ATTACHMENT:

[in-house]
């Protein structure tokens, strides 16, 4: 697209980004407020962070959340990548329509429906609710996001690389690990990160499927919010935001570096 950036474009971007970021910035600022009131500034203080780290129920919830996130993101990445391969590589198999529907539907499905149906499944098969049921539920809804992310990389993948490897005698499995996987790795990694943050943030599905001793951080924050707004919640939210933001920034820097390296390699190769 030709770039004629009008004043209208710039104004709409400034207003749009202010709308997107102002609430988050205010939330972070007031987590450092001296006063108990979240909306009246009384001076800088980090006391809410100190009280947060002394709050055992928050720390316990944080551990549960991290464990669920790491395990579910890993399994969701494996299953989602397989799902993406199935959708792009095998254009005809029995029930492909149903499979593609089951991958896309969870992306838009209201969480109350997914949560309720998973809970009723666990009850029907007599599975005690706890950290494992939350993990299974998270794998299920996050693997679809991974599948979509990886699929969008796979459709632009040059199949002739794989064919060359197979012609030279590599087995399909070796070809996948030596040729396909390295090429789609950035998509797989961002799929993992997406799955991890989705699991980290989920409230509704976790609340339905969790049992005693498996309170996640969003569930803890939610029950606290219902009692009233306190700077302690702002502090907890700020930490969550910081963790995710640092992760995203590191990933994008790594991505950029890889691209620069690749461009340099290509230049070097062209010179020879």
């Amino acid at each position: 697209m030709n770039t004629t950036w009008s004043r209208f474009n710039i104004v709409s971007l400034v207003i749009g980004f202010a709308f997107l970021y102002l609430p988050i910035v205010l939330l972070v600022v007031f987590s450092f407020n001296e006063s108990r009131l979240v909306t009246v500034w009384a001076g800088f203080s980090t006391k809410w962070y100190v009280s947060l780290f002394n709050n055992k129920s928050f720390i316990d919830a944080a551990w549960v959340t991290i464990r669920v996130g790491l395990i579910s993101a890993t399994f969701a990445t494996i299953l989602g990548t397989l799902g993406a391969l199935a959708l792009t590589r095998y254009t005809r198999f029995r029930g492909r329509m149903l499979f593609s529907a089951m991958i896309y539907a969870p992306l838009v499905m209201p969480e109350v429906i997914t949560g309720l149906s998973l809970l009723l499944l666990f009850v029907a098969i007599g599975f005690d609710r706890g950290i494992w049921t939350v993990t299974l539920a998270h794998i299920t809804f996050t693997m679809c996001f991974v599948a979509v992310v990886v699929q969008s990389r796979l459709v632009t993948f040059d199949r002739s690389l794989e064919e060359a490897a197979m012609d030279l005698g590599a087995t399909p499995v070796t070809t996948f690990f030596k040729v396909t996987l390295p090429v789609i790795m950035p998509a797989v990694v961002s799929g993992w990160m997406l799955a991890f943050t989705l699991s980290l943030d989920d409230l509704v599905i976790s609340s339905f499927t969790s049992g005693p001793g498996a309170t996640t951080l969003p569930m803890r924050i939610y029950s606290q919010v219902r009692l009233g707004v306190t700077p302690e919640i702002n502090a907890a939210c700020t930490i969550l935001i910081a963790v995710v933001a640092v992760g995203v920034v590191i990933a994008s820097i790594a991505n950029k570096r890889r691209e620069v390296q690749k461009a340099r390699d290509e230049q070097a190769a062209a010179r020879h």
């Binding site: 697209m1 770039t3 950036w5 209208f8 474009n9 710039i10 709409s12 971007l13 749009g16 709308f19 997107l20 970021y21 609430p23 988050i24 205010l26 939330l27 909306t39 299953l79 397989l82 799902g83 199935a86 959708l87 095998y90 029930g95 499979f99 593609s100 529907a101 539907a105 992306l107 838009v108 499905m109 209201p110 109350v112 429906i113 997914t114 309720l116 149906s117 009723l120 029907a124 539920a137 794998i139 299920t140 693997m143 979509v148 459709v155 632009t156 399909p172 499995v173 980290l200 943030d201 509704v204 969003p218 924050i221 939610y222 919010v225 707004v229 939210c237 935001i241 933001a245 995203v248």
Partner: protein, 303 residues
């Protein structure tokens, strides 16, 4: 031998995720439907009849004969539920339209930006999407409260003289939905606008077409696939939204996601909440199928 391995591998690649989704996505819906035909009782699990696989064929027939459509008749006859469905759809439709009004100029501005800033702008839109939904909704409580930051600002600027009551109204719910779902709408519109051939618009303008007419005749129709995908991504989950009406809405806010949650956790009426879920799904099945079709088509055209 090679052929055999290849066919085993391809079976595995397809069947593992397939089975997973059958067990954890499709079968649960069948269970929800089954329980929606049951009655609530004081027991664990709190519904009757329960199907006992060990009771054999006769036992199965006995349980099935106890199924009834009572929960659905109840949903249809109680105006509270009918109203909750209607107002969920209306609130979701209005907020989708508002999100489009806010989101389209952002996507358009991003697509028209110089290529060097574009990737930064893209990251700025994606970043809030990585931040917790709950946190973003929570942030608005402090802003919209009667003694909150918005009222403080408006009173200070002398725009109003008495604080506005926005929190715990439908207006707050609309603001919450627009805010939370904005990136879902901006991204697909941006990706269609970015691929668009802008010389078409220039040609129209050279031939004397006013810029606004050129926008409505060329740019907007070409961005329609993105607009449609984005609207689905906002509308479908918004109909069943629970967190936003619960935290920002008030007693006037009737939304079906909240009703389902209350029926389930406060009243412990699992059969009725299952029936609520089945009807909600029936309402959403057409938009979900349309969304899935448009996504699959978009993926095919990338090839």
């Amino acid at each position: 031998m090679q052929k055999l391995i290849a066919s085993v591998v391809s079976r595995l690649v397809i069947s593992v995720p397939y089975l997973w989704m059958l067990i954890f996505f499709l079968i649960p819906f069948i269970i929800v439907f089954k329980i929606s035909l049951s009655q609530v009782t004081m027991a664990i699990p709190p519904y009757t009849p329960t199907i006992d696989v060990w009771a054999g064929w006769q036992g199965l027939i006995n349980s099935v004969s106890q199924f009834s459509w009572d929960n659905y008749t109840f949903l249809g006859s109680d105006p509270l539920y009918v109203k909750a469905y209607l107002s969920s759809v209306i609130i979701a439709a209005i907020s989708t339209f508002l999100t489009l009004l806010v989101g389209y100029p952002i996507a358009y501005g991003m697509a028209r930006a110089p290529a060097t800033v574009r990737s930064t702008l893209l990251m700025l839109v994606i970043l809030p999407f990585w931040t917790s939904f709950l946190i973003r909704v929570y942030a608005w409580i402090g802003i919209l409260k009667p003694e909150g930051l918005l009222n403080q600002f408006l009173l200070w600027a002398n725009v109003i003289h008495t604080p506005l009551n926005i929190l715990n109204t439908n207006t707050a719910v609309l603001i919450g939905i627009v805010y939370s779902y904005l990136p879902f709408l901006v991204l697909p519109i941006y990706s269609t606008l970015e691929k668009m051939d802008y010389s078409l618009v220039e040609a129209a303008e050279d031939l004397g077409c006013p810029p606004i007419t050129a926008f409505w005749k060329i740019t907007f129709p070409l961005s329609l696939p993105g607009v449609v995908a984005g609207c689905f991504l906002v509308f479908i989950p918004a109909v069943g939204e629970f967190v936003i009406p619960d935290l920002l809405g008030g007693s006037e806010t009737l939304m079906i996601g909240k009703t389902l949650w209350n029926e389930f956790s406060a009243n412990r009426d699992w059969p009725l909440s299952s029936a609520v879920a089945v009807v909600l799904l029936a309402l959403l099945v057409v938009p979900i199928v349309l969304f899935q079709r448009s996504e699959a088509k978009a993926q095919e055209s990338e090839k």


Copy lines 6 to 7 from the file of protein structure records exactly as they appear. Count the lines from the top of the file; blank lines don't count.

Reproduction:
């Protein structure tokens, strides 16, 4: 031998995720439907009849004969539920339209930006999407409260003289939905606008077409696939939204996601909440199928 391995591998690649989704996505819906035909009782699990696989064929027939459509008749006859469905759809439709009004100029501005800033702008839109939904909704409580930051600002600027009551109204719910779902709408519109051939618009303008007419005749129709995908991504989950009406809405806010949650956790009426879920799904099945079709088509055209 090679052929055999290849066919085993391809079976595995397809069947593992397939089975997973059958067990954890499709079968649960069948269970929800089954329980929606049951009655609530004081027991664990709190519904009757329960199907006992060990009771054999006769036992199965006995349980099935106890199924009834009572929960659905109840949903249809109680105006509270009918109203909750209607107002969920209306609130979701209005907020989708508002999100489009806010989101389209952002996507358009991003697509028209110089290529060097574009990737930064893209990251700025994606970043809030990585931040917790709950946190973003929570942030608005402090802003919209009667003694909150918005009222403080408006009173200070002398725009109003008495604080506005926005929190715990439908207006707050609309603001919450627009805010939370904005990136879902901006991204697909941006990706269609970015691929668009802008010389078409220039040609129209050279031939004397006013810029606004050129926008409505060329740019907007070409961005329609993105607009449609984005609207689905906002509308479908918004109909069943629970967190936003619960935290920002008030007693006037009737939304079906909240009703389902209350029926389930406060009243412990699992059969009725299952029936609520089945009807909600029936309402959403057409938009979900349309969304899935448009996504699959978009993926095919990338090839």
């Amino acid at each position: 031998m090679q052929k055999l391995i290849a066919s085993v591998v391809s079976r595995l690649v397809i069947s593992v995720p397939y089975l997973w989704m059958l067990i954890f996505f499709l079968i649960p819906f069948i269970i929800v439907f089954k329980i929606s035909l049951s009655q609530v009782t004081m027991a664990i699990p709190p519904y009757t009849p329960t199907i006992d696989v060990w009771a054999g064929w006769q036992g199965l027939i006995n349980s099935v004969s106890q199924f009834s459509w009572d929960n659905y008749t109840f949903l249809g006859s109680d105006p509270l539920y009918v109203k909750a469905y209607l107002s969920s759809v209306i609130i979701a439709a209005i907020s989708t339209f508002l999100t489009l009004l806010v989101g389209y100029p952002i996507a358009y501005g991003m697509a028209r930006a110089p290529a060097t800033v574009r990737s930064t702008l893209l990251m700025l839109v994606i970043l809030p999407f990585w931040t917790s939904f709950l946190i973003r909704v929570y942030a608005w409580i402090g802003i919209l409260k009667p003694e909150g930051l918005l009222n403080q600002f408006l009173l200070w600027a002398n725009v109003i003289h008495t604080p506005l009551n926005i929190l715990n109204t439908n207006t707050a719910v609309l603001i919450g939905i627009v805010y939370s779902y904005l990136p879902f709408l901006v991204l697909p519109i941006y990706s269609t606008l970015e691929k668009m051939d802008y010389s078409l618009v220039e040609a129209a303008e050279d031939l004397g077409c006013p810029p606004i007419t050129a926008f409505w005749k060329i740019t907007f129709p070409l961005s329609l696939p993105g607009v449609v995908a984005g609207c689905f991504l906002v509308f479908i989950p918004a109909v069943g939204e629970f967190v936003i009406p619960d935290l920002l809405g008030g007693s006037e806010t009737l939304m079906i996601g909240k009703t389902l949650w209350n029926e389930f956790s406060a009243n412990r009426d699992w059969p009725l909440s299952s029936a609520v879920a089945v009807v909600l799904l029936a309402l959403l099945v057409v938009p979900i199928v349309l969304f899935q079709r448009s996504e699959a088509k978009a993926q095919e055209s990338e090839k």